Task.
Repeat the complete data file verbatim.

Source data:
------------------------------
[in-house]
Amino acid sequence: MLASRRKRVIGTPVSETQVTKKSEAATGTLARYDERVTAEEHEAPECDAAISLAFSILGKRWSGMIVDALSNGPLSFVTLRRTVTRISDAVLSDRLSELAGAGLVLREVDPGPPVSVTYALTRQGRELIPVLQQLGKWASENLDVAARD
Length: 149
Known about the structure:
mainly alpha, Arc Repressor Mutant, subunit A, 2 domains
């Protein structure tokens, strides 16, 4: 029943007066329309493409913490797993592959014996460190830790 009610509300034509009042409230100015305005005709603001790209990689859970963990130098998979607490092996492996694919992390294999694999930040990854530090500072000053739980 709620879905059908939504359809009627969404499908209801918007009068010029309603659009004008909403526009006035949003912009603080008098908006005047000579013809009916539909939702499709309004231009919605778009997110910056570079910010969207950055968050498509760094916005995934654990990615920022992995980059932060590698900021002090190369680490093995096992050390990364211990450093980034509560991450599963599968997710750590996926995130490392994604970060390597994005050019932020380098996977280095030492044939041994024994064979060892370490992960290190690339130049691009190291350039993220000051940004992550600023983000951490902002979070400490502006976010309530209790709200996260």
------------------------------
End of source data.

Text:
[in-house]
Amino acid sequence: MLASRRKRVIGTPVSETQVTKKSEAATGTLARYDERVTAEEHEAPECDAAISLAFSILGKRWSGMIVDALSNGPLSFVTLRRTVTRISDAVLSDRLSELAGAGLVLREVDPGPPVSVTYALTRQGRELIPVLQQLGKWASENLDVAARD
Length: 149
Known about the structure:
mainly alpha, Arc Repressor Mutant, subunit A, 2 domains
């Protein structure tokens, strides 16, 4: 029943007066329309493409913490797993592959014996460190830790 009610509300034509009042409230100015305005005709603001790209990689859970963990130098998979607490092996492996694919992390294999694999930040990854530090500072000053739980 709620879905059908939504359809009627969404499908209801918007009068010029309603659009004008909403526009006035949003912009603080008098908006005047000579013809009916539909939702499709309004231009919605778009997110910056570079910010969207950055968050498509760094916005995934654990990615920022992995980059932060590698900021002090190369680490093995096992050390990364211990450093980034509560991450599963599968997710750590996926995130490392994604970060390597994005050019932020380098996977280095030492044939041994024994064979060892370490992960290190690339130049691009190291350039993220000051940004992550600023983000951490902002979070400490502006976010309530209790709200996260």